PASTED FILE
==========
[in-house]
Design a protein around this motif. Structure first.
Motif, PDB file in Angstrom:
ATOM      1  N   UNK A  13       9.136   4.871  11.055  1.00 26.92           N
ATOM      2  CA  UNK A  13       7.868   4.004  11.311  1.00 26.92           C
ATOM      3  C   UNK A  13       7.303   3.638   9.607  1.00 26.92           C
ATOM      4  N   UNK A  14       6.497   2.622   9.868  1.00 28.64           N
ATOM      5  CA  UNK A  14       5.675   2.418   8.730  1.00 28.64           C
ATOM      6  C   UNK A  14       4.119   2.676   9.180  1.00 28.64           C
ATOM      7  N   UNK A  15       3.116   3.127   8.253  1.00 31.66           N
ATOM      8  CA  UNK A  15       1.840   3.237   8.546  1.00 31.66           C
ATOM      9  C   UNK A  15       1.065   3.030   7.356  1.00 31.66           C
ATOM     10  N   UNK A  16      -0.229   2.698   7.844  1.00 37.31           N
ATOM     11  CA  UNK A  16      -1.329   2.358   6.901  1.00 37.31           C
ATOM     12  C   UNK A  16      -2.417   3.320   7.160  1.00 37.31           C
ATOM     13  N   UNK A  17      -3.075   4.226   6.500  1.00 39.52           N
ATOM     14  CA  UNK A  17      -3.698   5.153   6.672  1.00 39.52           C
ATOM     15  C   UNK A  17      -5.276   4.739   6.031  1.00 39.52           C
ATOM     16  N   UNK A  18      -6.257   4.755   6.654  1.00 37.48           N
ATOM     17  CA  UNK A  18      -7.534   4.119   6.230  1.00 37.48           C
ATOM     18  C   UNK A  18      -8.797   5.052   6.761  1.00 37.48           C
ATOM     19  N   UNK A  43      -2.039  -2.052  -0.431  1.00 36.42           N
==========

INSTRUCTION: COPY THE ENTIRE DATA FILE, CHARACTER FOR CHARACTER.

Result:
[in-house]
Design a protein around this motif. Structure first.
Motif, PDB file in Angstrom:
ATOM      1  N   UNK A  13       9.136   4.871  11.055  1.00 26.92           N
ATOM      2  CA  UNK A  13       7.868   4.004  11.311  1.00 26.92           C
ATOM      3  C   UNK A  13       7.303   3.638   9.607  1.00 26.92           C
ATOM      4  N   UNK A  14       6.497   2.622   9.868  1.00 28.64           N
ATOM      5  CA  UNK A  14       5.675   2.418   8.730  1.00 28.64           C
ATOM      6  C   UNK A  14       4.119   2.676   9.180  1.00 28.64           C
ATOM      7  N   UNK A  15       3.116   3.127   8.253  1.00 31.66           N
ATOM      8  CA  UNK A  15       1.840   3.237   8.546  1.00 31.66           C
ATOM      9  C   UNK A  15       1.065   3.030   7.356  1.00 31.66           C
ATOM     10  N   UNK A  16      -0.229   2.698   7.844  1.00 37.31           N
ATOM     11  CA  UNK A  16      -1.329   2.358   6.901  1.00 37.31           C
ATOM     12  C   UNK A  16      -2.417   3.320   7.160  1.00 37.31           C
ATOM     13  N   UNK A  17      -3.075   4.226   6.500  1.00 39.52           N
ATOM     14  CA  UNK A  17      -3.698   5.153   6.672  1.00 39.52           C
ATOM     15  C   UNK A  17      -5.276   4.739   6.031  1.00 39.52           C
ATOM     16  N   UNK A  18      -6.257   4.755   6.654  1.00 37.48           N
ATOM     17  CA  UNK A  18      -7.534   4.119   6.230  1.00 37.48           C
ATOM     18  C   UNK A  18      -8.797   5.052   6.761  1.00 37.48           C
ATOM     19  N   UNK A  43      -2.039  -2.052  -0.431  1.00 36.42           N